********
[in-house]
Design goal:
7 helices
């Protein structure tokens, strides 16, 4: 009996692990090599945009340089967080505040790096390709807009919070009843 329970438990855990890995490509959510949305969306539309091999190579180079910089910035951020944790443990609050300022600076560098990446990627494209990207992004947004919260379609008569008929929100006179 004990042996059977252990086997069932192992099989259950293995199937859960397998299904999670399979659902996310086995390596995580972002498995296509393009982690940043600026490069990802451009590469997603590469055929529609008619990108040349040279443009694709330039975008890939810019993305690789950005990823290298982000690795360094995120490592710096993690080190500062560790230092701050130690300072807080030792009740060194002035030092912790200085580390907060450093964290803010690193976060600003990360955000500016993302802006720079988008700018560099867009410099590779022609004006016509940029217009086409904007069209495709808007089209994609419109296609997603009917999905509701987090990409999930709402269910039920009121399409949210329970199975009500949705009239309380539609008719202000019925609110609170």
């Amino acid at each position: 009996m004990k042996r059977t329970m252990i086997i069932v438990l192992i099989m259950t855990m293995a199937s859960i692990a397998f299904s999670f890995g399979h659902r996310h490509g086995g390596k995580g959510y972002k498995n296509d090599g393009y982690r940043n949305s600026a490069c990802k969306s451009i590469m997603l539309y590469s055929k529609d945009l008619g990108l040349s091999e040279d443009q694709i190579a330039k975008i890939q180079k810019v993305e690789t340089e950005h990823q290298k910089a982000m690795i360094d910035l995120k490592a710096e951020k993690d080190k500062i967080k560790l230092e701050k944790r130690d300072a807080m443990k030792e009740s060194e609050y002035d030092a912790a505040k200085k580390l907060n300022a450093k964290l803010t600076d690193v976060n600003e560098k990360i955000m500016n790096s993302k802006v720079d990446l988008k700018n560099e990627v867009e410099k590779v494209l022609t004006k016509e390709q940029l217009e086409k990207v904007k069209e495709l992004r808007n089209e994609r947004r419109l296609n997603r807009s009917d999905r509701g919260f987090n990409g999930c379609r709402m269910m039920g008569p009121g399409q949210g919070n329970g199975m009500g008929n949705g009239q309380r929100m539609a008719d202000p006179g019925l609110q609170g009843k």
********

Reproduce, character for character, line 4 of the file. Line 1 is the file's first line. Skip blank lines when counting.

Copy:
């Protein structure tokens, strides 16, 4: 009996692990090599945009340089967080505040790096390709807009919070009843 329970438990855990890995490509959510949305969306539309091999190579180079910089910035951020944790443990609050300022600076560098990446990627494209990207992004947004919260379609008569008929929100006179 004990042996059977252990086997069932192992099989259950293995199937859960397998299904999670399979659902996310086995390596995580972002498995296509393009982690940043600026490069990802451009590469997603590469055929529609008619990108040349040279443009694709330039975008890939810019993305690789950005990823290298982000690795360094995120490592710096993690080190500062560790230092701050130690300072807080030792009740060194002035030092912790200085580390907060450093964290803010690193976060600003990360955000500016993302802006720079988008700018560099867009410099590779022609004006016509940029217009086409904007069209495709808007089209994609419109296609997603009917999905509701987090990409999930709402269910039920009121399409949210329970199975009500949705009239309380539609008719202000019925609110609170």